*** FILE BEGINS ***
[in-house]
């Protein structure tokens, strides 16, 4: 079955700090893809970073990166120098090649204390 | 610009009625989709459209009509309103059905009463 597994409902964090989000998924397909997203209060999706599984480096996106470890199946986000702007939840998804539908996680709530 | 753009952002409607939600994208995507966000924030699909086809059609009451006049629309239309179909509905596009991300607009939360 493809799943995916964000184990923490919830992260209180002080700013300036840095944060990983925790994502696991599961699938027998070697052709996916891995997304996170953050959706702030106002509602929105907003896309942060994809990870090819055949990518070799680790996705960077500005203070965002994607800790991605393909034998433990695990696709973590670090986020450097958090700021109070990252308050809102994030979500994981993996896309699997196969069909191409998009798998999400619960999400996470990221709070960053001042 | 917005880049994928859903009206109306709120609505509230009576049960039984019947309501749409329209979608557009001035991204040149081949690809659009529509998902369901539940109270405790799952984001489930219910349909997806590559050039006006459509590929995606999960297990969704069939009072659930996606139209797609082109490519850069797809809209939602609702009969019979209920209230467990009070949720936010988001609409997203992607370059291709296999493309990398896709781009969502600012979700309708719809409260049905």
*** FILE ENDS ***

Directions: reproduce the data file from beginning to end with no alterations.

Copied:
[in-house]
């Protein structure tokens, strides 16, 4: 079955700090893809970073990166120098090649204390 | 610009009625989709459209009509309103059905009463 597994409902964090989000998924397909997203209060999706599984480096996106470890199946986000702007939840998804539908996680709530 | 753009952002409607939600994208995507966000924030699909086809059609009451006049629309239309179909509905596009991300607009939360 493809799943995916964000184990923490919830992260209180002080700013300036840095944060990983925790994502696991599961699938027998070697052709996916891995997304996170953050959706702030106002509602929105907003896309942060994809990870090819055949990518070799680790996705960077500005203070965002994607800790991605393909034998433990695990696709973590670090986020450097958090700021109070990252308050809102994030979500994981993996896309699997196969069909191409998009798998999400619960999400996470990221709070960053001042 | 917005880049994928859903009206109306709120609505509230009576049960039984019947309501749409329209979608557009001035991204040149081949690809659009529509998902369901539940109270405790799952984001489930219910349909997806590559050039006006459509590929995606999960297990969704069939009072659930996606139209797609082109490519850069797809809209939602609702009969019979209920209230467990009070949720936010988001609409997203992607370059291709296999493309990398896709781009969502600012979700309708719809409260049905």